Fusion Science and Technology / Volume 60 / Number 1 / July 2011 / Pages 364-368
Materials Development & Plasma-Material Interactions / Proceedings of the Nineteenth Topical Meeting on the Technology of Fusion Energy (TOFE) (Part 1) / dx.doi.org/10.13182/FST11-A12381
Electrical conductivity (EC) data for several plate forms of two-dimensional, silicon carbide composite made with chemical vapor infiltration matrix and with Hi NicalonTM type S fibers (2D-SiCf/CVI-SiC) were acquired. The composite fibers were coated with pyrocarbon (PyC) of various thicknesses (50 to 310 nm) and an outer thin (~60 m) SiC “seal coat” was applied by CVD to the infiltrated plates.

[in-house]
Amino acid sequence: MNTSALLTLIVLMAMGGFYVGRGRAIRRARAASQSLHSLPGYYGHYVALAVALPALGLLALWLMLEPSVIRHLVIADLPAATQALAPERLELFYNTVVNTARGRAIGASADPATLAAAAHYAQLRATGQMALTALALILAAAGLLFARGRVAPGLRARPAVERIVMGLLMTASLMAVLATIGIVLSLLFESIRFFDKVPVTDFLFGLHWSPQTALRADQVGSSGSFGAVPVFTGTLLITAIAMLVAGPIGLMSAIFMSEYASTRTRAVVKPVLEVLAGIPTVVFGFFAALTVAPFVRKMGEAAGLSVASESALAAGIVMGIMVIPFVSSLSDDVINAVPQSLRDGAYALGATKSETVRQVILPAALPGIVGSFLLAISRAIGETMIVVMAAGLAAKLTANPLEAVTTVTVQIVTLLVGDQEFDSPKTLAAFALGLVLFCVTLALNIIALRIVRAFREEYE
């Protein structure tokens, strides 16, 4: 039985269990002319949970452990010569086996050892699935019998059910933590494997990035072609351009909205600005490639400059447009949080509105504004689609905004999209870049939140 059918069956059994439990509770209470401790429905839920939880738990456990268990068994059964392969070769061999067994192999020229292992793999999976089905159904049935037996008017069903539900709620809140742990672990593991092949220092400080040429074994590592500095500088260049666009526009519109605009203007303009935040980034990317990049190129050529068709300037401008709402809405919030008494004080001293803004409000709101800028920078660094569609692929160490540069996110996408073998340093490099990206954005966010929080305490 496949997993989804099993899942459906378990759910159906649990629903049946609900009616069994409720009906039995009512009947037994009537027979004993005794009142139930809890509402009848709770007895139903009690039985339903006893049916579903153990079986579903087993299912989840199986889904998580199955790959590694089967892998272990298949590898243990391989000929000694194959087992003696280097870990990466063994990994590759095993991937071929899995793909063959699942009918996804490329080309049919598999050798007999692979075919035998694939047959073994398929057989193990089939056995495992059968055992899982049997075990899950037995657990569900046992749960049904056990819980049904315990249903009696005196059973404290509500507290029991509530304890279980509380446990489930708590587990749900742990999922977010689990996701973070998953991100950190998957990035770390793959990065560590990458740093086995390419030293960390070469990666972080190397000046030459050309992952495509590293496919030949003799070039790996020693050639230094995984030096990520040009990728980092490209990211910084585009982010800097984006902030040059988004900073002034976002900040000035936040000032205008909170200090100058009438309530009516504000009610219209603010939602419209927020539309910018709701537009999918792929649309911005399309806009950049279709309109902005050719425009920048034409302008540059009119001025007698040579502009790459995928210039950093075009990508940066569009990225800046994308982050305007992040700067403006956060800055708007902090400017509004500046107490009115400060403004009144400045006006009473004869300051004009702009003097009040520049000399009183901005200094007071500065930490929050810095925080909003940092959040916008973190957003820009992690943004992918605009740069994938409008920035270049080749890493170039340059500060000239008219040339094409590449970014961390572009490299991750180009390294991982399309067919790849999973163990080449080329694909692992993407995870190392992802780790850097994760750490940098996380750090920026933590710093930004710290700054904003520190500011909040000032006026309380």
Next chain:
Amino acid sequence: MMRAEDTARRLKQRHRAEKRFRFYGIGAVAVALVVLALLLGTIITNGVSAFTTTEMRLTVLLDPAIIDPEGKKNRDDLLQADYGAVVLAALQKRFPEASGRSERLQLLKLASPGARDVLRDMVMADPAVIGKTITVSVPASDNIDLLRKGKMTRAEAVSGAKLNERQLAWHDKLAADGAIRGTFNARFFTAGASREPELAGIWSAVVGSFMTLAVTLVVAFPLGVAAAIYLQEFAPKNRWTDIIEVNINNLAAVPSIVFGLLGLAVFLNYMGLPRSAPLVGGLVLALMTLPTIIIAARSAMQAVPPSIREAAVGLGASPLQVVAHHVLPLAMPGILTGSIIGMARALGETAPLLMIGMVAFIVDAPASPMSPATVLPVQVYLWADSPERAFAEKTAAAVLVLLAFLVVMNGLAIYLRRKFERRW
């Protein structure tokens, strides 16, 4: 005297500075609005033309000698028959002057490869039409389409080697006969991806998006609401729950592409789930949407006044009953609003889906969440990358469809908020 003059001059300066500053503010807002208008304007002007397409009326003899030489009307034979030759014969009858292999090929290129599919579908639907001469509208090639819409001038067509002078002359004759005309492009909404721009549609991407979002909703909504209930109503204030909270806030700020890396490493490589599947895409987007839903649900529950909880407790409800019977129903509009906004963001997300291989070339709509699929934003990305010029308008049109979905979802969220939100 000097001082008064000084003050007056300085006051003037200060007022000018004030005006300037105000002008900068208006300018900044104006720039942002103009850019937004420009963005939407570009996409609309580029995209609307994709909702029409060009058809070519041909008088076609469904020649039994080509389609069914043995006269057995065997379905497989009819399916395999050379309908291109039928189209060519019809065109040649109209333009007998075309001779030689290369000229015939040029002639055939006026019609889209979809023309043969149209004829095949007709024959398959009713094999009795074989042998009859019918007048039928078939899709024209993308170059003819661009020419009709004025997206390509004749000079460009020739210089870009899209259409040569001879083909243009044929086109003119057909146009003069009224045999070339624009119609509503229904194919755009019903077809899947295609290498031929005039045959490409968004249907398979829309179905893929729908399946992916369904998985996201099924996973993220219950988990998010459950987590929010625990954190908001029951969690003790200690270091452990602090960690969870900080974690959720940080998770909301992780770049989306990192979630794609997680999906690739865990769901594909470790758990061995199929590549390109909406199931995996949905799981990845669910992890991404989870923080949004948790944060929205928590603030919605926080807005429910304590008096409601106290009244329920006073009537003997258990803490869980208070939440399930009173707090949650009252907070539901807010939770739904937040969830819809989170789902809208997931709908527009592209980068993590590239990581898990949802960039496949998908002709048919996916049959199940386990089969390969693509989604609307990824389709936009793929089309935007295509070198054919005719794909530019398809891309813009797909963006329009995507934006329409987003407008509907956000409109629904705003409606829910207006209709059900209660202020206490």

The EC was highly anisotropic in the transverse and in-plane directions. In-plane EC ranged from ~150 to 1600 S/m, increased slowly with increasing temperature, and depended primarily on the total PyC thickness. High in-plane EC-values occur because it is dominated by conduction along the numerous, continuous PyC fiber coating pathways. Transverse EC ranged from ~1 to 60 S/m, and increased strongly with increasing temperature up to 800°C. The transverse EC is controlled by conduction through the interconnections of the carbon-coating network within and between fiber bundles, especially at moderate temperatures (~300 to 700°C). Below ~300°C, the electrical resistance of the pure SiC seal coat becomes increasingly more important as temperatures are further lowered.
Importantly, a “3-layer series” model predicts that transverse EC-values for a standard seal-coated 2D-SiCf/CVI-SiC with a monolayer PyC fiber coating of ~50-nm thickness will be <20 S/m for all temperatures up to 800°C, as desired for a flow channel insert in a fusion reactor blanket component.